Mexico is a corporate enigma. The country is well known, yet unknown. It has a history going back about 3,000 years, yet it was necessary for the country’s president to make it clear a few months ago, during a visit to France, that the democratisation of his country was now irreversible. In Mexico City recently, thousands of students marched in the downtown district, demanding a full government account of the 1968 massacre of hundreds of peaceful demonstrators in Tlatelolco Square when soldiers opened fire on students killing, it is alleged, up to 300. Like many other nations seeking to forget an unhappy past, Mexico, as well as being misunderstood and awaiting worldwide recognition, is suffering from the consequences of an intrinsic insecurity. In the words of its well-known writer, Sergio Sarmeneto, “we are still searching for our own identity”. Perhaps he was thinking of a survey once published in The Economist which showcased a cover photograph of a raven-haired beauty in a fiery red gown poised to launch herself into a passionate dance. There was just one problem. The attire and the pose were Spanish, not Mexican. It is a mistake frequently made. At the Seoul Olympics, for example, it was Spanish music that was played as the Mexican athletes entered the arena during the opening ceremony. But the Mexican authorities are beginning to understand that achieving increased international awareness of what it has to offer lies in forging a stronger presence in the corporate market, where until now all her firepower has been © directed to corporations and associations in the US. Many believe that too many eggs have been placed in a single basket. All that may soon change. British Airways now has three direct flights a week from Gatwick to Mexico City. This could soon be increased to four. In addition, discussions have taken place which may lead to direct flights, in addition to current charters, to Cancun, Mexico’s number one destination for incentives, as well as an increasing number of conventions and trade exhibitions. Cancun, rather than Mexico City, could be the key. At a time when scores of British companies are seeking new destinations for future incentives, this town could provide the answer. Currently, the Mexican Tourist Office in London, in co-operation with both BA and Mexico’s largest hotel chain, Fiesta Americana, is arranging educational visits for incentive planners from the UK. What is its verdict? Samantha Bowen of Purchasepoint Travel came home determined to encourage clients to put Mexico high on their list of possible destinations. She explained: “The country has many advantages that have long been recognised by the Americans. However, the problem for the British is that Mexico is, inevitably, regarded as a long-haul destination which often loses out when it is compared with Hong Kong, Bangkok, Singapore or even Florida, which are so much better known.” This view was confirmed by Karen Boldy, manager at Imari Travel of Bradford and Harrogate, whose enthusiasm was only tempered by the thought that Mexico City, where everyone flies, is likely to please older top achievers rather than the thrusting 25 to 40-year-olds who have begun climbing the ladder to the top. She added: “But take them to Cancun, and it is their turn to start jumping and enjoying the excitement of a second Miami.” There is much of Mexico’s history to be found within short drives of both Mexico City and Cancun. From the capital, it is easy to reach the Aztec temples at Tenochtitlan with its temple pyramids to the Sun and the Moon, while the Anthropological Musem, both indoors and out, has to rank among the finest in the world. Close to Cancun are scores of relics of a still older Mayan civilization. Although the town’s history goes back more than 2,000 years, Cancun – which is proving such a magnet for incentive and other groups from the US – is just 27-years-old. Before then it was nothing more than a sand-bar of clear waters clinging to Mexico’s Caribbean coast. Now the town welcomes about 2 million visitors each year and is fast catching up in popularity with Miami, an hour’s flight away. Luxury hotels are spread out for several miles and include more than 80 properties, varying from budget-conscious three-star residences to three which have qualified for memberships of Leading Hotels of the World. In this deluxe category are the Ritz Carlton; the Caesar Park Beach & Golf Resort, which has meeting facilities for up to 1,000; and the Fiesta Americana Condesa with meeting salons for up to 1,800. Later this year, these Leading Hotels will be joined by the Condesa’s sister property, the Fiesta Americana Coral Beach Hotel. The Coral Beach lies opposite Cancun’s convention centre, whose largest room can squeeze in up to 4,000 delegates. Other areas in the complex can handle meetings of more than 1,000, or host exhibitions banquets, seminars and receptions. It claims to be the largest centre of its kind in South America. For those who find time to get away from business, there are US-style shopping malls, golf and tennis, as well as Mayan excavations – some more than 3,000-years-old, including Chichen Itza, a two-hour drive from Cancun, and probably the most impressive of all Mexico’s archaeological sites. Another series of excavations, and much nearer to Cancun, are found at Tulum, but for incentive groups the number one target has to be at Xcaret, where you are brought face to face with the ancient Mayan civilization. Temples and paved streets are now part of an eco-archaeological site that also includes a breeding aviary for jungle birds, an enclosure for some of the few surviving jaguars, as well as opportunities to swim through an under- ground river, or enjoy a dive with a family of dolphins. There is much in Mexico waiting to be discovered by British and European corporate groups. It offers 6,000 miles of beaches and coastline as well as cities such as Acapulco, the island of Cozumel increasingly popular with American cruise ships, Cuernavaca, now a weekend retreat for both wealthy Mexicans and Americans, as well as Guadalajara, the country’s second largest city. This is a country starting to flex its muscles and present its new democratic face to the world, and not solely to North America. The country is determined that Europe should begin to know of its existence and what it has to offer for corporate events of every kind. It will, however, be an uphill struggle. Although few return disappointed after visiting this land of the Aztecs and Mayans, it is difficult to fault it for putting so many of its eggs into one basket which, after all, has attracted millions of Americans. However, those in authority would do well to remember that eggs can get broken.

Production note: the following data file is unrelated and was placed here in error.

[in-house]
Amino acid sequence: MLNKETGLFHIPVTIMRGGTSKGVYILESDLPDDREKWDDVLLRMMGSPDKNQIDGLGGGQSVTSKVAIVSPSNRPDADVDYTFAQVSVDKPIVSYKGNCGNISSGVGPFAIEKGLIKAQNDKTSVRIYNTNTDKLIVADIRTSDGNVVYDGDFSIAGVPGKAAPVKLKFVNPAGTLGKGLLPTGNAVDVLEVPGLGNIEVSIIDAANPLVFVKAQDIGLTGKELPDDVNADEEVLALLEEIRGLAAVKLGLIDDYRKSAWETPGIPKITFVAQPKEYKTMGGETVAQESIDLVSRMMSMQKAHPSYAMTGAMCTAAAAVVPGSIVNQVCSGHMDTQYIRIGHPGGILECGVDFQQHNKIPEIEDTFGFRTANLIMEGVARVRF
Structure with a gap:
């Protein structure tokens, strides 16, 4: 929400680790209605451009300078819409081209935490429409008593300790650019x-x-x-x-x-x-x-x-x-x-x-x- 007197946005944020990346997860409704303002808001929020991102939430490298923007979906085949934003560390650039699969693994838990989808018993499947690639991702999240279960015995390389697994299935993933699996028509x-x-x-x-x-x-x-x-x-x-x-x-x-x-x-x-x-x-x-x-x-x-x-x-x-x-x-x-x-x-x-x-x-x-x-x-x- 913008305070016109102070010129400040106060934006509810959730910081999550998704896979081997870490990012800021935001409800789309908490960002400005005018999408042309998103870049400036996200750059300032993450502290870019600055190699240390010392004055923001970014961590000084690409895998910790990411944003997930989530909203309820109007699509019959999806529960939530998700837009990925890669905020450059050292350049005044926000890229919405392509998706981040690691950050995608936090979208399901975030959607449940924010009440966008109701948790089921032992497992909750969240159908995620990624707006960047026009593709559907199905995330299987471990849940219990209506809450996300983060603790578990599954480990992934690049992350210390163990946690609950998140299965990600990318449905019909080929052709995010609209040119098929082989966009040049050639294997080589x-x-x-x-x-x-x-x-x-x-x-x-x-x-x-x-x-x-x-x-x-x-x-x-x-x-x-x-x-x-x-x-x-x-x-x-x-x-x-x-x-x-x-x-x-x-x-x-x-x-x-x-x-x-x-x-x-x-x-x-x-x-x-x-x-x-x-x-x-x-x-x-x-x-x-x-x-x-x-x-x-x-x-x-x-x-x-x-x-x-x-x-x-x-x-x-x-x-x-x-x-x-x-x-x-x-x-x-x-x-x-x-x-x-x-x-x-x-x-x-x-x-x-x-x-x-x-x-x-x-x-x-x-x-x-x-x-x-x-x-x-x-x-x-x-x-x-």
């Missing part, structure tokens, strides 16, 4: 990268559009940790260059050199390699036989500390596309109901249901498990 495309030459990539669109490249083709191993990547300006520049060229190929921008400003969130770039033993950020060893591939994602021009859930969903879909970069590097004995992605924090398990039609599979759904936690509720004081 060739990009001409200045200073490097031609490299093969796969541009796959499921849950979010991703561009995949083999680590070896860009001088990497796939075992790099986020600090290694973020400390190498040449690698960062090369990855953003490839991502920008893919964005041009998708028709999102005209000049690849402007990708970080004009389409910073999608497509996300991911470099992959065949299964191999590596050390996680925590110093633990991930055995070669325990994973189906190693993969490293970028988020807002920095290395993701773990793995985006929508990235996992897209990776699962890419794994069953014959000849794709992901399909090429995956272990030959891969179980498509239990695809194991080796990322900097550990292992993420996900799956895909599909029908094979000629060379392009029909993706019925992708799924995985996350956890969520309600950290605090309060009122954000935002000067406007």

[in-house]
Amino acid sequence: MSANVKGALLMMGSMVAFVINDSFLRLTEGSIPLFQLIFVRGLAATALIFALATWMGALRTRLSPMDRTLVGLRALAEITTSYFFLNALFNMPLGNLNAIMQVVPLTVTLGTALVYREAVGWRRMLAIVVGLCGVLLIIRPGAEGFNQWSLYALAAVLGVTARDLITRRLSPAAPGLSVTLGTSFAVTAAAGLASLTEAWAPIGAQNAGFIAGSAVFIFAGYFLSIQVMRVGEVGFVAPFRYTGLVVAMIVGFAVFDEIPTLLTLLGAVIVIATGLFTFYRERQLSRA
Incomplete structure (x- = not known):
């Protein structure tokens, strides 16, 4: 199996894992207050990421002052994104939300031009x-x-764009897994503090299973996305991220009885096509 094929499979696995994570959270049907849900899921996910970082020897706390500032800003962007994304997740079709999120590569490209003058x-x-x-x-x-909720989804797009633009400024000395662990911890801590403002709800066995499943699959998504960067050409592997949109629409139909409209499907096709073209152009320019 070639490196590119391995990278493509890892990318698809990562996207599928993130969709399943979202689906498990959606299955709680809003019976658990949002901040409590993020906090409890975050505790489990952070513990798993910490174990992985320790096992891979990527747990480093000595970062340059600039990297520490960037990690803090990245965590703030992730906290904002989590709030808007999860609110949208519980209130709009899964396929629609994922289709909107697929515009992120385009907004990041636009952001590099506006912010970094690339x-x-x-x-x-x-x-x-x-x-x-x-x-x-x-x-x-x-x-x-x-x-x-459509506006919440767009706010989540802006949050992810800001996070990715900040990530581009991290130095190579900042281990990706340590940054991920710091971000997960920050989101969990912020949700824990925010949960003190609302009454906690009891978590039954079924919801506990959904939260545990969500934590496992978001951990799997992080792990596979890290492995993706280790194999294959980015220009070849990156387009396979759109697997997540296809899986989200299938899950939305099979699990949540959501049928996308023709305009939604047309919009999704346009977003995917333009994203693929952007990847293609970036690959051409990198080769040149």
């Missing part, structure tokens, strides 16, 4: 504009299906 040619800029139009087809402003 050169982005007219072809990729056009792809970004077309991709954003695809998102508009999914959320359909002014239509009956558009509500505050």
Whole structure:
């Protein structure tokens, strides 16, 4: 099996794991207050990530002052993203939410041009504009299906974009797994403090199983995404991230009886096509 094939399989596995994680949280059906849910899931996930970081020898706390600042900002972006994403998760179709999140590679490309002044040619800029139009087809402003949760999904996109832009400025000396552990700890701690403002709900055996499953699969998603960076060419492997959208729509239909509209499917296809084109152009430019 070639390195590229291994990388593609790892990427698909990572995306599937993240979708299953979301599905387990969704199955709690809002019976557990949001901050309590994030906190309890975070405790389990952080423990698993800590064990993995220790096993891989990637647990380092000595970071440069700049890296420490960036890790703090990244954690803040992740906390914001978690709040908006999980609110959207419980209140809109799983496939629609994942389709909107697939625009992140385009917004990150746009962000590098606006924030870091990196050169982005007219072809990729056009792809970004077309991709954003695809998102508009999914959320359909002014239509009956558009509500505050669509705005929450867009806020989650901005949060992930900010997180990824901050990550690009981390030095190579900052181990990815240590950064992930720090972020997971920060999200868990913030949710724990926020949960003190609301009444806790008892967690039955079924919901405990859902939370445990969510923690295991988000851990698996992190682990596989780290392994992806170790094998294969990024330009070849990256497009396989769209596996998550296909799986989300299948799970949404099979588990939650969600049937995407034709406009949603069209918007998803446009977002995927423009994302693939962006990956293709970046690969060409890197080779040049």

In the New Media/Internet Special Report on November 27 1997, we stated that Universal McCann had taken over Foresight Europe. In fact, Universal McCann uses Foresight Europe for all its new media work, but there is no equity involved in the relationship.